I think a bigger battery will be useful even for urban environments. Hopefully Nissan is working on a 60 kwh version to go along with forthcoming 60kwh LEAF.

How will it age under heavy use, with frequent fast charge? Even with just 40 kwh this little van could make a compelling taxi value proposition, but only if you can fast-charge the battery a time or two a day and have it hold upunder heavy use a lot better than the old LEAFs.

I love Nissan’s experiment of pairing the e-NV with a SOFC fuel cell range extender. I hope they carry on with a second generation of that project.

Passengers or AC doesn’t add much to range. It’s speed that kills it, it’s not aerodynamic at all. Urban environment you’ll get longer range.

It’s the same with all cars.
Some guy in Germany is trying a model 3 in Germany, range went from 450km at 120km/h to 315 at 150km/h.

Speed and aerodynamics are a huge factor as you climb to 55 mph and above, dominating other factors as you climb to 65+. But you cannot tell me that adding ~600 lbs of weight and blasting AC doesn’t have a big impact on range in the mix of stop-n-go urban traffic and moderate speed highway that I mention. The impact is bigger in the stop and go urban than on the highway, with additional energy loss every time you accelerate then brake due to the weight, and a constant drag from the AC even at rest. The impact on the moderate speed suburban highway range would also be significant, though probably not so significant as increasing speed from 65 to 70 mph, for instance, as the bad aerodynamics of the vehicle just punish it at such speeds.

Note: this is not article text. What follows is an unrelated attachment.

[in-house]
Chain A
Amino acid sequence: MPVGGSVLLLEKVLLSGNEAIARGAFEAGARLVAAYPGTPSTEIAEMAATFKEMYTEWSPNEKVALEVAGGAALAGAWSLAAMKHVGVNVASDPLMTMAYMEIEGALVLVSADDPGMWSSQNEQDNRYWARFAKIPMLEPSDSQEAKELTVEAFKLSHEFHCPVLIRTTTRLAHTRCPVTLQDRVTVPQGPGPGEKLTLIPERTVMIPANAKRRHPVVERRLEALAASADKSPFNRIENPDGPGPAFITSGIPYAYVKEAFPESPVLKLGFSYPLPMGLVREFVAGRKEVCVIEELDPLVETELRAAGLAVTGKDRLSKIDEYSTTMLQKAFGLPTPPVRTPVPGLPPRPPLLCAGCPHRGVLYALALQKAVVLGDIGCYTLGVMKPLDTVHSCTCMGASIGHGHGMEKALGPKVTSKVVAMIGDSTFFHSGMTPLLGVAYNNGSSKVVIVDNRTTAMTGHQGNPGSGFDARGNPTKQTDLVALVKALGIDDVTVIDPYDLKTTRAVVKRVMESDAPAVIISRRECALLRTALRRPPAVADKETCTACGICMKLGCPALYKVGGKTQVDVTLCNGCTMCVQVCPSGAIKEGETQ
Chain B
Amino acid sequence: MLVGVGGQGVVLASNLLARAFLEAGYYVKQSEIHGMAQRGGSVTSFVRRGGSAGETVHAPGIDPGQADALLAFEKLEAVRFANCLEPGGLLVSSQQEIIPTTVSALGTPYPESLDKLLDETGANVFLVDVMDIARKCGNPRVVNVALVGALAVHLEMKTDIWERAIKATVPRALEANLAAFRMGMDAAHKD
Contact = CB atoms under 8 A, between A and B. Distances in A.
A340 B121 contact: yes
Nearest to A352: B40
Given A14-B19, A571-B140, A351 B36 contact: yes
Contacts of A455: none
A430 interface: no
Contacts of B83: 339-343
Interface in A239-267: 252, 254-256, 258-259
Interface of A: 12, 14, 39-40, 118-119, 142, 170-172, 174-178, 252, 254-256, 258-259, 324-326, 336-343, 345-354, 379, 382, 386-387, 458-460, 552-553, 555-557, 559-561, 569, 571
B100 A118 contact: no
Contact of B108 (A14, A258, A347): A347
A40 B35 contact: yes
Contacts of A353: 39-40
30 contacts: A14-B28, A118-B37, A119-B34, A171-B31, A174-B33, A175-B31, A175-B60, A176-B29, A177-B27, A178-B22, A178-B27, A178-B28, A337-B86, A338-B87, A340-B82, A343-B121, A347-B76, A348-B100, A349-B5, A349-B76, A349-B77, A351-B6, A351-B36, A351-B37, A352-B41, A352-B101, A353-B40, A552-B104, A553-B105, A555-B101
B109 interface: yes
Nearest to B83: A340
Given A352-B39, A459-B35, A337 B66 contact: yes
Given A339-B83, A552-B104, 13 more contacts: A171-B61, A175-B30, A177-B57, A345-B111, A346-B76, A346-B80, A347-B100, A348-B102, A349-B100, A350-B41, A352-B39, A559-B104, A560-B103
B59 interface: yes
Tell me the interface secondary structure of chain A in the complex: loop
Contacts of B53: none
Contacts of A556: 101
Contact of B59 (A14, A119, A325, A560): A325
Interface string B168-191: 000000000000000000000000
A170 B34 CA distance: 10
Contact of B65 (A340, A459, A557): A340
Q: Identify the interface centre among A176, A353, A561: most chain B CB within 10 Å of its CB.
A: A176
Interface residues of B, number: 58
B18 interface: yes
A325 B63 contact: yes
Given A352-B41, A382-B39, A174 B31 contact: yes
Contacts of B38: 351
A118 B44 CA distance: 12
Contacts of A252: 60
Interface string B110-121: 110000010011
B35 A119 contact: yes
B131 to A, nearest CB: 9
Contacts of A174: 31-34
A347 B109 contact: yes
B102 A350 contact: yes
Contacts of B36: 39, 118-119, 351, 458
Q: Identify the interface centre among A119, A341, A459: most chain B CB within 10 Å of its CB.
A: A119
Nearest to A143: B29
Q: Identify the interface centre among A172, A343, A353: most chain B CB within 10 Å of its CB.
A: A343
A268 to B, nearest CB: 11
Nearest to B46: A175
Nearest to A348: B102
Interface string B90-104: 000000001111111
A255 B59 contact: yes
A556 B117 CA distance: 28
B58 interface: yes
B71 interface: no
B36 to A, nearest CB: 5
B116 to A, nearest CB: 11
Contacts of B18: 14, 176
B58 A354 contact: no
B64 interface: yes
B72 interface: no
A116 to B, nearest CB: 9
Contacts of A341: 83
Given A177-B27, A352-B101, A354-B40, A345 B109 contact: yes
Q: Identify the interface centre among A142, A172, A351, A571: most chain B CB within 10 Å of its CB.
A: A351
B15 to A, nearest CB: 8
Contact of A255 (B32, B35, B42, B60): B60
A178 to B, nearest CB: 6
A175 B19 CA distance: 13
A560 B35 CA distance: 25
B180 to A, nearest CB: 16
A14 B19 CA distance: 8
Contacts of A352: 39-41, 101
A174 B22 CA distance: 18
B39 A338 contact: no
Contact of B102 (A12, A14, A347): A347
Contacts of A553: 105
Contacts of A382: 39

Maybe when design will be done with the 60kWh battery pack with TMS for the Leaf, it will offer it for the NV200 also. 200 miles and 100 kW charging should be enough for everything.

What I meant was:
Maybe when the 60kWh battery pack with TMS for the Leaf will be ready, Nissan will offer it for the NV200 also. 200 miles and 100 kW charging should be enough for everything.

Nissan can suck it for not releasing this in the USA.

Nissan really knows how to Talk the Walk.

Shame on them for not doing whatever it takes to sell this wonderful little van in the US.

Trying to shame Nissan, is not going motivate the RNM Alliance to bring the eNV-200 to North America any time soon. The Nissan Footdraggers here in North America, are and have been in a serious delay mode, in trying to keep up with GM and Tesla.

Nissan has seriously dropped the ball in its EV efforts, and the “New” 2018 Leaf is lackluster at best, in paving the way to offering full functioning EVS that are also close to being ICE equivalents.

At least the e-NV 200 has a fan for limited air cooling, that acts as a TMS for its 40 kWh battery!

These eNV-200s should be used as local deliver vans all over. These would make great post office vehicles. The US postal service could buy Japanese right-hand drive models for postal delivery.

It should be 60KWh base with 100KWh as an option. It should be sold in the USA. Where is the full electric drive version of the NV Cargo? Or, the the electric drive version of the Titan? What are they afraid of?